“Listen.” He says. “After you get this present, I don’t want you turning up for work on Monday morning.” He spits over the rail. “Get it?” I nod, though not sure why until he adds, “What are the the rest of us supposed to dream about if you’re shovelling stone?”
Then he takes a step back from the exit. “Happy fucking Birthday.” He lifts his leg and kicks, splintering the door open.
The club is deserted, an empty dance floor. No flashing lights or glitter ball twirl. Richie and Jez storm in. I follow, the reluctant robber.
Or am I? All I have to do is walk away. But the rush of breaking in prickles my skin. And the fact this is being done for me, my birthday.
Richie walks between the tables and chairs toward the bar, the register.
“How do you know they ain’t cashed up?” asks Jez.
Richie laughs. “Because I robbed the manager last month. Getting into his car with five grand.” He hops the counter, looks at the till for about a second, then hauls it onto the floor. He scans the room, the closed entrance. “Pass that extinguisher.” I heft the red cylinder over the counter. Richie grips the handle, takes a deep breath and lifts it shoulder high. And down. Deft with shovel or pick, he sets about smashing open the cash drawer as though digging up a strip of road.
Jez stands on the counter, reading whiskey labels. He snatches down a single malt, twists off the optic and swigs, screwing up his face. “Have a go on that.” I catch the thrown bottle and drink.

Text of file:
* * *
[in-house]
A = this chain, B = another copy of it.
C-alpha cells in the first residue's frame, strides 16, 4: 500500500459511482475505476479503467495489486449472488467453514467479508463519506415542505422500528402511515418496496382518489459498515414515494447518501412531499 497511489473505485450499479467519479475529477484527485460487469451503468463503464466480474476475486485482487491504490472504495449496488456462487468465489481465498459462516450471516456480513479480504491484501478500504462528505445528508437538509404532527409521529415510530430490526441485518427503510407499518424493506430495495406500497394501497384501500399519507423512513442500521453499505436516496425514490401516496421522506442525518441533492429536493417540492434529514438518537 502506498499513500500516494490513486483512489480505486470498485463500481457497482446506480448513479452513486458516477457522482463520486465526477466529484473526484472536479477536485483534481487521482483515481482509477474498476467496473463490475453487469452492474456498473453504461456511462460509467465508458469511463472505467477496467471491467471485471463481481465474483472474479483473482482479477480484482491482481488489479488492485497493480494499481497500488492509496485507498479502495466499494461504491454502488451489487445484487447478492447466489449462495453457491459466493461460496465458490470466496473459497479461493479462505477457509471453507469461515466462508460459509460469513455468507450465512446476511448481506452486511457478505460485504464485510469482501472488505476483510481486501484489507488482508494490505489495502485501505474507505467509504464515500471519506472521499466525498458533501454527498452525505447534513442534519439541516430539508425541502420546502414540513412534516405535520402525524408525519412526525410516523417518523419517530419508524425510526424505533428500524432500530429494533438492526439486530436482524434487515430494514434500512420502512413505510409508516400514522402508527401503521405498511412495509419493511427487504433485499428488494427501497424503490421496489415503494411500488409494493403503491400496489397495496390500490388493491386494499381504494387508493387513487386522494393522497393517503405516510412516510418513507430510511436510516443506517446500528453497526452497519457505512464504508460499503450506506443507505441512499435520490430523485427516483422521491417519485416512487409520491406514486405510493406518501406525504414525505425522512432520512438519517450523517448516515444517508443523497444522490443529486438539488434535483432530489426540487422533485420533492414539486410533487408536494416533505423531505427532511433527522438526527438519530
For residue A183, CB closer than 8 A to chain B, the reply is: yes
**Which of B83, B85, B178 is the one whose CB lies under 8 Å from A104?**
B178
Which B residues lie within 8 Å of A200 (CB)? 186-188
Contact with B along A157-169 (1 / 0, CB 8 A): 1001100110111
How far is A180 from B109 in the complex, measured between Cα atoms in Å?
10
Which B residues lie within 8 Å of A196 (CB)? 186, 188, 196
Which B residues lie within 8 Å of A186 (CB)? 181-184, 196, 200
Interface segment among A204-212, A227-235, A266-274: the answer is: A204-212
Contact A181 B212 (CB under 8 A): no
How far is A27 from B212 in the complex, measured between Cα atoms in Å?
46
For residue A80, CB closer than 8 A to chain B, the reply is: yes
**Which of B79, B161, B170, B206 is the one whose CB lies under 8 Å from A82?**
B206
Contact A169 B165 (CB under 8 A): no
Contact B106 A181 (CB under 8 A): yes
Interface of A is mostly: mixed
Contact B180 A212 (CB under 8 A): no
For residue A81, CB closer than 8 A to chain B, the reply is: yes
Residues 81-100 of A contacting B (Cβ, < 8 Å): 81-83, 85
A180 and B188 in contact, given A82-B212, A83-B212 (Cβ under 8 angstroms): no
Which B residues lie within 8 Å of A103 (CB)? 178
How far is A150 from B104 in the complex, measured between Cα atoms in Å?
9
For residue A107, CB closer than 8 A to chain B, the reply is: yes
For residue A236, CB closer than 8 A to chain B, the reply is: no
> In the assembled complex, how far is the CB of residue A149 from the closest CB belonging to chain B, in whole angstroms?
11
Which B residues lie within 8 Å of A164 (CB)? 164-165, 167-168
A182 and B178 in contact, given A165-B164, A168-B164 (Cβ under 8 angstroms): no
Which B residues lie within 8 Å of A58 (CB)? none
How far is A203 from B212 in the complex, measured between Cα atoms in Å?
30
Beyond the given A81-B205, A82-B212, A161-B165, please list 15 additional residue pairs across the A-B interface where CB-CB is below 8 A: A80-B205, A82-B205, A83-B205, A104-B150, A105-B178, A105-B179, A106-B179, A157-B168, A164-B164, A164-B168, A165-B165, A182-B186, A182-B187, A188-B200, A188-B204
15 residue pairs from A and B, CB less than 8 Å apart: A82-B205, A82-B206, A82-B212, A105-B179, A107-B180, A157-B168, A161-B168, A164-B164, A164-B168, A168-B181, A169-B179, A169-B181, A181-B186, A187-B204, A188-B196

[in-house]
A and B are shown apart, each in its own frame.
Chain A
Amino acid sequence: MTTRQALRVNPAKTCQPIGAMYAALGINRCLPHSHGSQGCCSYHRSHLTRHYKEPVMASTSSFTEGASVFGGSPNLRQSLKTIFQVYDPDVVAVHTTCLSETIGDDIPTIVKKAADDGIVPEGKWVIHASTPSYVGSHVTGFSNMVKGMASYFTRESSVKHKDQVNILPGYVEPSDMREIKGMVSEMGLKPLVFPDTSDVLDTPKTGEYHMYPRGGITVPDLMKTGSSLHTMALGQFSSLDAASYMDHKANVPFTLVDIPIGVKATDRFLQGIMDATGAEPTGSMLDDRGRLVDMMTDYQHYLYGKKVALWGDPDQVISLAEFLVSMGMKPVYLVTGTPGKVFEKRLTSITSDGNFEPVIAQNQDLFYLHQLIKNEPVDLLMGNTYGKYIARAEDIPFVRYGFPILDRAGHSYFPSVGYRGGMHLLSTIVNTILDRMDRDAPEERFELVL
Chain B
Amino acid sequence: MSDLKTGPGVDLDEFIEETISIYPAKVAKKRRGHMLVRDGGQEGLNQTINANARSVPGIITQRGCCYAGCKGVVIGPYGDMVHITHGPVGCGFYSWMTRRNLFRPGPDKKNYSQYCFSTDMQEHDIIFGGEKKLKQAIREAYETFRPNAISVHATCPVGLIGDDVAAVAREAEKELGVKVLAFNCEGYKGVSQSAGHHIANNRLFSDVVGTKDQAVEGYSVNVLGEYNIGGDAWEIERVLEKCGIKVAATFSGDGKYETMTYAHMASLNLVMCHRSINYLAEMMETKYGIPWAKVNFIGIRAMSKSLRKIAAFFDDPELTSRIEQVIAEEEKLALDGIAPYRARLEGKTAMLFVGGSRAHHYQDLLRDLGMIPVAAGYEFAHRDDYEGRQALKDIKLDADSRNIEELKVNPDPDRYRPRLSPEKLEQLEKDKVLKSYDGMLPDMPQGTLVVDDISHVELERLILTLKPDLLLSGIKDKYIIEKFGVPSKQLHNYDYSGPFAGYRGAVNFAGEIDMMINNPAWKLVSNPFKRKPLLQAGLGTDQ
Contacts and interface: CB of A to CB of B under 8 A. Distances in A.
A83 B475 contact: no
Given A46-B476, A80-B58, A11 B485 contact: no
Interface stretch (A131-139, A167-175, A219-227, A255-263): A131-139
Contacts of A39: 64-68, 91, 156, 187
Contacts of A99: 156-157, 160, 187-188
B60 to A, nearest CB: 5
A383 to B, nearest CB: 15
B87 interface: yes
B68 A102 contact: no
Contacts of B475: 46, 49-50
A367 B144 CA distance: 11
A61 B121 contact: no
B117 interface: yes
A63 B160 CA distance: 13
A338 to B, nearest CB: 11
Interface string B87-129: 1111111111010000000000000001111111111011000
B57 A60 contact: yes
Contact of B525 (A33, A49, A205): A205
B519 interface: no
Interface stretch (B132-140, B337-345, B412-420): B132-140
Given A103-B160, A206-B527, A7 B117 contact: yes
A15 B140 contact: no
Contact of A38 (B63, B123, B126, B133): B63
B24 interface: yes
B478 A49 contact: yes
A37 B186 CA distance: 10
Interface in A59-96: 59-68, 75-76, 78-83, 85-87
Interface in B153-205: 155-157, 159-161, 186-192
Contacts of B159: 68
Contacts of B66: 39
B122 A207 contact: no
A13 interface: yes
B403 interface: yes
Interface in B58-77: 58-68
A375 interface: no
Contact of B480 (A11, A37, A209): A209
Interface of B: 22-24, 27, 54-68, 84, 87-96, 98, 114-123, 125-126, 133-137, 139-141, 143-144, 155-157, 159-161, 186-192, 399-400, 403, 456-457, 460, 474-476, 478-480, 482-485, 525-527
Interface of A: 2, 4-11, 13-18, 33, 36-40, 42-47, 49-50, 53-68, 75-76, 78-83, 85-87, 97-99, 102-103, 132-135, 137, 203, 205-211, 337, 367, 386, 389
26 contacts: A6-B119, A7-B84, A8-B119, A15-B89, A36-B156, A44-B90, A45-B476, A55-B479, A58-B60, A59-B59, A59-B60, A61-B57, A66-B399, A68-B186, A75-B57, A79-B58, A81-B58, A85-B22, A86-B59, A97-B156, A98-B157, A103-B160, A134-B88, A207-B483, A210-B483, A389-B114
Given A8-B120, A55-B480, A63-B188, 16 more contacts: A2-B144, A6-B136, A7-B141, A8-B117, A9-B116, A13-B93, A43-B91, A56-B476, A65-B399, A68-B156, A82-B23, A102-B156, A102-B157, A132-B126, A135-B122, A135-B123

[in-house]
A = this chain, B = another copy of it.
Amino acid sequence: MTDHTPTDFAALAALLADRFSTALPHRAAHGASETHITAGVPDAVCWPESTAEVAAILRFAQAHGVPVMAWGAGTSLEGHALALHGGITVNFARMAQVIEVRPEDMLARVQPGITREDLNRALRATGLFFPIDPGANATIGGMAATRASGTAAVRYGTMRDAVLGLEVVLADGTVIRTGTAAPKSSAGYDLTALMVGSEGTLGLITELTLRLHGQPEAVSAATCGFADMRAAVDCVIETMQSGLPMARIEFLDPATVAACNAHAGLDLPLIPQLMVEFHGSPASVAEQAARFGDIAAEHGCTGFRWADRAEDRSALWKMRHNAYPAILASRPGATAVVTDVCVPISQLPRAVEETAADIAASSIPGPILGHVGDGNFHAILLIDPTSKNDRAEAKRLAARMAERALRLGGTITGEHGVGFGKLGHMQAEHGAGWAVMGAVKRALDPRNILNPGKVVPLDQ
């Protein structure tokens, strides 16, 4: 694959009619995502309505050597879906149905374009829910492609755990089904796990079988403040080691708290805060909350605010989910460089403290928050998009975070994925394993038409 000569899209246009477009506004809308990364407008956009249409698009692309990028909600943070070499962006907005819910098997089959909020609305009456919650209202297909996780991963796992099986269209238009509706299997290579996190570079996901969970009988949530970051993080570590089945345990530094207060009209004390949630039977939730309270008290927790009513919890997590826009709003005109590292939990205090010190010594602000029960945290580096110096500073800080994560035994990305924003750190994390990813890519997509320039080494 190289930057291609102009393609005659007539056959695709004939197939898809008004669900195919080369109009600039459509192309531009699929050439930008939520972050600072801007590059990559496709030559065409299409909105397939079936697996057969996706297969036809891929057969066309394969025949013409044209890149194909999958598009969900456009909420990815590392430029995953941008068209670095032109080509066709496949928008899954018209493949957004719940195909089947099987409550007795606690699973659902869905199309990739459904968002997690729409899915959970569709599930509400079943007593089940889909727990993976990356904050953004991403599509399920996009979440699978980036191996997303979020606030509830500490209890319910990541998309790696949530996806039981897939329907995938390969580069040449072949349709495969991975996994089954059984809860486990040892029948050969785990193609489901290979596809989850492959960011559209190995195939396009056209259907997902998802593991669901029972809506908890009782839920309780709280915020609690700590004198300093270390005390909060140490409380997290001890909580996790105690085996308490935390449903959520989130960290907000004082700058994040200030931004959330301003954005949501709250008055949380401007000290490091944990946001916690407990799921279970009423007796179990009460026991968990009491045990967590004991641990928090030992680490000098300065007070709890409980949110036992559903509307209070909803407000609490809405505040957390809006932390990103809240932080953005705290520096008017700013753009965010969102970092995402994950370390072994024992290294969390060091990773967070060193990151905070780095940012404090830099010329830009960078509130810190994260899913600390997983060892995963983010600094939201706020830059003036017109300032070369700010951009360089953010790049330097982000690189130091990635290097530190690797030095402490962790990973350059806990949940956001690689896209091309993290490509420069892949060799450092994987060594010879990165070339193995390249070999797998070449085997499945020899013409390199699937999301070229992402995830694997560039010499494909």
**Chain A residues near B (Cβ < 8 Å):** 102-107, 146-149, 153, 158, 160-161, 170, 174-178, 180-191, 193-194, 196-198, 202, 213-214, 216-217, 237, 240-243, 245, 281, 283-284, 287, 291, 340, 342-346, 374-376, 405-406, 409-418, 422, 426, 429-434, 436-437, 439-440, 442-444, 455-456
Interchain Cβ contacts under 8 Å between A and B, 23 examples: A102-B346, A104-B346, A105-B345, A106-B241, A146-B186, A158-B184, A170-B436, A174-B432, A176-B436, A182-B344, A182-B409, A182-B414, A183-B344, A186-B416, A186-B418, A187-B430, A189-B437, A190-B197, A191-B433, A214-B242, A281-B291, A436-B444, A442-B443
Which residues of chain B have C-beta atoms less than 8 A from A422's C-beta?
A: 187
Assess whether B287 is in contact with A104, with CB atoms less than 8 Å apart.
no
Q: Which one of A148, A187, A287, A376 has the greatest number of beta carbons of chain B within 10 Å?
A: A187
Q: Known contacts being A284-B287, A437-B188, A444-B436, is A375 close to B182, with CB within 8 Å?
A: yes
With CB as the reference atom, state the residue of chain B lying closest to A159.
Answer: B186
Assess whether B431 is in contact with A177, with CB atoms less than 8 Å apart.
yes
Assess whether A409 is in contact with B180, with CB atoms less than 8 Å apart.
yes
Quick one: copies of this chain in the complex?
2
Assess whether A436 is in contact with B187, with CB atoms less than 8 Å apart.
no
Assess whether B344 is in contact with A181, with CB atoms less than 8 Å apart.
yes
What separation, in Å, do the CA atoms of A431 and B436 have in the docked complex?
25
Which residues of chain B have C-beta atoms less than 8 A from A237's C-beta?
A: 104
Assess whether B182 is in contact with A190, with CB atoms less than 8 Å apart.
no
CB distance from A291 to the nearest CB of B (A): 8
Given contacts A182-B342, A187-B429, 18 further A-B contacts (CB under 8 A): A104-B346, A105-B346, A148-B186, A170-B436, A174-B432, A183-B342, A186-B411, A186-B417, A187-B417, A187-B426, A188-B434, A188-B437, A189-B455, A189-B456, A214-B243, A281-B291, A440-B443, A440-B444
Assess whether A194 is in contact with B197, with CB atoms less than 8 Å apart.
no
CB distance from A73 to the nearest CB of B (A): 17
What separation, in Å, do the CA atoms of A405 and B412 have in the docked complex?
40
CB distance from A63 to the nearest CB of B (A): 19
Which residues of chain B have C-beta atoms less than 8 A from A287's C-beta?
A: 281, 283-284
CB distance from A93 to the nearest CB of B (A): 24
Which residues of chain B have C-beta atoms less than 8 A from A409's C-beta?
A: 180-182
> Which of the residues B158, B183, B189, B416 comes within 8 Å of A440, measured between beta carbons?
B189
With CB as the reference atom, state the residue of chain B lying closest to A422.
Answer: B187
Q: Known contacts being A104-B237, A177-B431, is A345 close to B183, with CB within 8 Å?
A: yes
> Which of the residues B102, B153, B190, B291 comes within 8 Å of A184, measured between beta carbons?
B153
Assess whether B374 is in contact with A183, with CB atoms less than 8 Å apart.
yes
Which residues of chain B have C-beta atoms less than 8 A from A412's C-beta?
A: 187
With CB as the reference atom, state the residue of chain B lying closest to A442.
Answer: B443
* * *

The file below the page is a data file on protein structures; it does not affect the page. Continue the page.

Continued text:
Richie is committed to finishing a job he’s started. The metal ring of extinguisher on register gets louder and louder, the buckled drawer coming apart with each blow.
Jez swigs from bottles of port and sherry, a magnum of champagne showered after popping the cork into the ceiling.
But then a real bang.
And this pop’s louder than a stopped cork.
Plaster showers from the ceiling. Jez dives off the bar like a goal keeper saving a penalty in a cup final.
I hit the floor. But before another shot caroms through the room, I do what the voice commands, “Get up!”
When I turn and stand, hands to the roof, I see that Jez and Richie reach up, too. Palms high before a fat man in a dressing gown with a smoking gun. One of those gleaming shotguns you see nestled in the crook of men’s arms with pheasants dangled over their shoulders. He sweeps both barrels from the end of the bar to Richie, takes a step closer. “I know your face.” He prods the barrels into his chest. “You cheeky cunt. Twice in a month.”
Richie doesn’t blink. “You got one cartridge. You gonna shoot us all with a magic bullet?”
The bald man laughs, a snigger. “No. But once your chest is gone I don’t reckon your mates’ll be up to much.” He quickly looks us over. “I dump the weight of them two before breakfast.”
Then he thumbs back the hammer. Jez shakes, wets himself, a dark stain down the insides of his jeans.
But this man doesn’t know it’s my birthday. That I’m twenty-four and carry a toy gun. He doesn’t know it won’t put a hole in his skull when I level it at his bald head, commanding he lower a metal shotgun with my plastic pistol.
I surprise myself, the way I walk with the toy as if I might really kill. The way I order him to his knees.